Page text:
I think it easy to be caught up in the maximum of individual constants and variables but that contessa 32 mentioned previously had a a very high AVS but it was being knocked down a lot. It's maximum righting resistance was set at 80 degrees (probably to achieve that high avs value you covet) but because the max resistance was not at the normal 55 - 65 degrees of heel it is able to build up a lot of momentum by the time it gets to 80 and then easily pass beyond and get wet. Earlier resistance inhibits the ability for roll momentum to build up. From what I see high avs gives weird stability distribution plots. There are exceptions but in the main from what I see those boats with super avs numbers get to those angles very easily so it seems you have a disadvantage of having to run less sail to give something back. IMHO - I think that the stix value has considered all - The best compromise and therefore trumps AVS values.
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Old 06-05-2015, 10:23   #447
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Re: The criteria of "blue"

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...IMHO - I think that the stix value has considered all - The best compromise and therefore trumps AVS values.
Had a look at another site (yachtdesignforum or something) - hundreds of pages of argument on this very subject, arguments that the traditional measures in place before the ISO standard provide superior data, arguments from some very knowledgable designers and folks who helped develop the ISO standards, years of work before each country could agree. Far too much for me to take in. We could write hundreds of pages here on this subject too but better I think to read the expert opinions if you are interested. Of course none of them agree. In brief, most countries rejected STIX and it was only when AVS was included alongside that they were finally persuaded to accept it had value. The two together seem important - either figure alone has too much room for error (my summary, could be wrong).

Some folks are happy with traditional designs, some prefer wide beam - both have advantages and disadvantages (too many to cover here). Those numbers though help identify what is relatively safe in an offshore storm and what carries slightly greater risk. But of course crew actions are always far more important than any slight design advantage, as many here have pointed out.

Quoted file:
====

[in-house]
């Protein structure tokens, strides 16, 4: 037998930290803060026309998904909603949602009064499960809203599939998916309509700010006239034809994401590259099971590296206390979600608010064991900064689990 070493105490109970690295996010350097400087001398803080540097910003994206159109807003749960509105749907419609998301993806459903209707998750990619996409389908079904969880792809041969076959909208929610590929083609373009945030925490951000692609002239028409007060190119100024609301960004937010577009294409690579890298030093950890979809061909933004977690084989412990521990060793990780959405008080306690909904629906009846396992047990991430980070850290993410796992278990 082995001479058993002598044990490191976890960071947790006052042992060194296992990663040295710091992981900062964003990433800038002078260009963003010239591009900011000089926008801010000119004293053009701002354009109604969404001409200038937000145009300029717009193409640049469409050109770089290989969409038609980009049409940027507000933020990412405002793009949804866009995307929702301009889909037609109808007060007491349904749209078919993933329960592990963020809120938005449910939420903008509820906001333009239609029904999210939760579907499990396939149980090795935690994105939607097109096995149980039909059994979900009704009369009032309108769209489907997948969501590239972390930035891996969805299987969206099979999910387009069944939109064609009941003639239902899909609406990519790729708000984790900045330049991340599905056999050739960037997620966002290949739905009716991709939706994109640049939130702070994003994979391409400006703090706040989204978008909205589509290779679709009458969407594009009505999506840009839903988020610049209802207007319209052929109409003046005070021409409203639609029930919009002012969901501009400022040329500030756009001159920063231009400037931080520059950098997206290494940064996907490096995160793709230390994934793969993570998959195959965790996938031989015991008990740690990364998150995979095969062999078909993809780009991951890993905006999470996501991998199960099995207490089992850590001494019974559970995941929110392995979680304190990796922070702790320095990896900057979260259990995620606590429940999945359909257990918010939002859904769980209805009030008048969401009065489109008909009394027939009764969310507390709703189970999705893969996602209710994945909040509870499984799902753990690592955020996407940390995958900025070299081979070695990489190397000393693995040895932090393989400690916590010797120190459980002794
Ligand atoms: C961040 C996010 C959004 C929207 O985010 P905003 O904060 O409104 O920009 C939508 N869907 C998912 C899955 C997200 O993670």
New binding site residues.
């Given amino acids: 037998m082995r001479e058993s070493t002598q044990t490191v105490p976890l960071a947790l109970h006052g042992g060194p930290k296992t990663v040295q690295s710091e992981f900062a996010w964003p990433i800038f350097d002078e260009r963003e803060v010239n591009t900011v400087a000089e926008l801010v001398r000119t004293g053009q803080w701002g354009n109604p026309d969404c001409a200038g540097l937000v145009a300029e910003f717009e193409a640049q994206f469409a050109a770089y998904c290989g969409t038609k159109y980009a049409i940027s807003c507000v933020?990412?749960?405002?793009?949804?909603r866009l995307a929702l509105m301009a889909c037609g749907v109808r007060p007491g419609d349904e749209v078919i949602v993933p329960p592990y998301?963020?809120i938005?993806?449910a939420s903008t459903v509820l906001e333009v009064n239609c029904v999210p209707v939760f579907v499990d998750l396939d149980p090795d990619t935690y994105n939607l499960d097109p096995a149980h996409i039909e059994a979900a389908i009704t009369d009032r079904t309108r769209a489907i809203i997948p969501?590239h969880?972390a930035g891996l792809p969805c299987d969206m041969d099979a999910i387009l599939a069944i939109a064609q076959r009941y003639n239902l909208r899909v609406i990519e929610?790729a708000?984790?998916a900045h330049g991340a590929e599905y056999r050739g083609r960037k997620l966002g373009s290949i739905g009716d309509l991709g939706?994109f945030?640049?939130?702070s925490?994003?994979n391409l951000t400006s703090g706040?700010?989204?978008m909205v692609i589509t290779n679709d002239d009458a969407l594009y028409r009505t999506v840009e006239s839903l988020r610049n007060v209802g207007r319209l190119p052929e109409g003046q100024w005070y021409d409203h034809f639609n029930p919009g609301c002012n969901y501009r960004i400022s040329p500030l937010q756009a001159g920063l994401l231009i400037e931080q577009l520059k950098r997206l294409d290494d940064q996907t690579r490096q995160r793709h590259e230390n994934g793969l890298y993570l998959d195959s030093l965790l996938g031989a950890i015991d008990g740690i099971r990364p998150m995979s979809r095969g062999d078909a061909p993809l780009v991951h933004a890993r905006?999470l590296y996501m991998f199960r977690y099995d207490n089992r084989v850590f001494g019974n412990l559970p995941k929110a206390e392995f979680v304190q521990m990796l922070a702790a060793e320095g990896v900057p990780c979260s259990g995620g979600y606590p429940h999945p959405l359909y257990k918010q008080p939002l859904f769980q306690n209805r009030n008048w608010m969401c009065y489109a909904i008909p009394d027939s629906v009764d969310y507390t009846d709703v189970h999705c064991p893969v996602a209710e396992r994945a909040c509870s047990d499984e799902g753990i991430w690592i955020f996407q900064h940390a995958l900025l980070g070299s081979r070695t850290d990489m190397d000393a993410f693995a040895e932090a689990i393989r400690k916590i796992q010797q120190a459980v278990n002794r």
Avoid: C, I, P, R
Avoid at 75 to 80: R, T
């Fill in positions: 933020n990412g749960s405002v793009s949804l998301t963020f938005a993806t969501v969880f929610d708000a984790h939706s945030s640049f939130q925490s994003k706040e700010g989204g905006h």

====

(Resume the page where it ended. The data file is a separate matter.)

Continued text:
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Old 06-05-2015, 11:46   #448
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Re: The criteria of "blue"

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Had a look at another site (yachtdesignforum or something) - hundreds of pages of argument on this very subject, arguments that the traditional measures in place before the ISO standard provide superior data, arguments from some very knowledgable designers and folks who helped develop the ISO standards, years of work before each country could agree.
It's boatdesign.net
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Old 06-05-2015, 13:52   #449
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Re: The criteria of "blue"

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It's boatdesign.net
There are massive arguments in there. I keep out of it. The big guns there can shoot me down too easily.

I had an account for a while some time back but the most innocent suggestion or idea gets ridiculed very fast. Great place if you are a masochist.
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Old 06-05-2015, 13:54   #450
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Re: The criteria of "blue"

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Had a look at another site (yachtdesignforum or something) - hundreds of pages of argument on this very subject, arguments that the traditional measures in place before the ISO standard provide superior data, arguments from some very knowledgable designers and folks who helped develop the ISO standards, years of work before each country could agree. Far too much for me to take in. We could write hundreds of pages here on this subject too but better I think to read the expert opinions if you are interested. Of course none of them agree. In brief, most countries rejected STIX and it was only when AVS was included alongside that they were finally persuaded to accept it had value. The two together seem important - either figure alone has too much room for error (my summary, could be wrong).

Some folks are happy with traditional designs, some prefer wide beam - both have advantages and disadvantages (too many to cover here). Those numbers though help identify what is relatively safe in an offshore storm and what carries slightly greater risk. But of course crew actions are always far more important than any slight design advantage, as many here have pointed out.
Would you get a center cockpit or aft ?